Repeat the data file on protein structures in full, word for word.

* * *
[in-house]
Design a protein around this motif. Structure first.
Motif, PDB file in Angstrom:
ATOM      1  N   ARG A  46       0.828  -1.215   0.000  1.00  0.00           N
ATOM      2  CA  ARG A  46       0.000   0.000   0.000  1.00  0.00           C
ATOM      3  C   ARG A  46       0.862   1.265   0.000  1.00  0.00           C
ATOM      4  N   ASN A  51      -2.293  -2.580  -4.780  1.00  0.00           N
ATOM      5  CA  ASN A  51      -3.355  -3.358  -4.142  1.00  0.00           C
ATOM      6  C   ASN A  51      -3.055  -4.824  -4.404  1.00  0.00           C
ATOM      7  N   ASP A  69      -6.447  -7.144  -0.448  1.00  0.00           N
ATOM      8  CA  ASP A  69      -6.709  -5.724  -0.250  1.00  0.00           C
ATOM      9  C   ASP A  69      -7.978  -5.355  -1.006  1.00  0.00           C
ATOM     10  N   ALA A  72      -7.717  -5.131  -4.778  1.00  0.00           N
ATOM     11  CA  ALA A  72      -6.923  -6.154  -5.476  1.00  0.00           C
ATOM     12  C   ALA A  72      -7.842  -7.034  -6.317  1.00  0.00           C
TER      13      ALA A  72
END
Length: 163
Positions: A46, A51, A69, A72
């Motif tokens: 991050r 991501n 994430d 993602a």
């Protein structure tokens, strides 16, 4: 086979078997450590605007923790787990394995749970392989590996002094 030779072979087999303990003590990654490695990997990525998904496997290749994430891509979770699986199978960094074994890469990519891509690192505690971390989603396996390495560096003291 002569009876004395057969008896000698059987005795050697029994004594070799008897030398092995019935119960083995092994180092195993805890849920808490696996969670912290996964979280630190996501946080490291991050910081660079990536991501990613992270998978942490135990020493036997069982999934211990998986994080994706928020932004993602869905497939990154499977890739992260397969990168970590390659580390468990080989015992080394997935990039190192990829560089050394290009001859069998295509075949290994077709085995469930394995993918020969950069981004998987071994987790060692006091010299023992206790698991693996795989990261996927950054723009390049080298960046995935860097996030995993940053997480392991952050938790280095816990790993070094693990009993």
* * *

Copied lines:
[in-house]
Design a protein around this motif. Structure first.
Motif, PDB file in Angstrom:
ATOM      1  N   ARG A  46       0.828  -1.215   0.000  1.00  0.00           N
ATOM      2  CA  ARG A  46       0.000   0.000   0.000  1.00  0.00           C
ATOM      3  C   ARG A  46       0.862   1.265   0.000  1.00  0.00           C
ATOM      4  N   ASN A  51      -2.293  -2.580  -4.780  1.00  0.00           N
ATOM      5  CA  ASN A  51      -3.355  -3.358  -4.142  1.00  0.00           C
ATOM      6  C   ASN A  51      -3.055  -4.824  -4.404  1.00  0.00           C
ATOM      7  N   ASP A  69      -6.447  -7.144  -0.448  1.00  0.00           N
ATOM      8  CA  ASP A  69      -6.709  -5.724  -0.250  1.00  0.00           C
ATOM      9  C   ASP A  69      -7.978  -5.355  -1.006  1.00  0.00           C
ATOM     10  N   ALA A  72      -7.717  -5.131  -4.778  1.00  0.00           N
ATOM     11  CA  ALA A  72      -6.923  -6.154  -5.476  1.00  0.00           C
ATOM     12  C   ALA A  72      -7.842  -7.034  -6.317  1.00  0.00           C
TER      13      ALA A  72
END
Length: 163
Positions: A46, A51, A69, A72
């Motif tokens: 991050r 991501n 994430d 993602a």
């Protein structure tokens, strides 16, 4: 086979078997450590605007923790787990394995749970392989590996002094 030779072979087999303990003590990654490695990997990525998904496997290749994430891509979770699986199978960094074994890469990519891509690192505690971390989603396996390495560096003291 002569009876004395057969008896000698059987005795050697029994004594070799008897030398092995019935119960083995092994180092195993805890849920808490696996969670912290996964979280630190996501946080490291991050910081660079990536991501990613992270998978942490135990020493036997069982999934211990998986994080994706928020932004993602869905497939990154499977890739992260397969990168970590390659580390468990080989015992080394997935990039190192990829560089050394290009001859069998295509075949290994077709085995469930394995993918020969950069981004998987071994987790060692006091010299023992206790698991693996795989990261996927950054723009390049080298960046995935860097996030995993940053997480392991952050938790280095816990790993070094693990009993």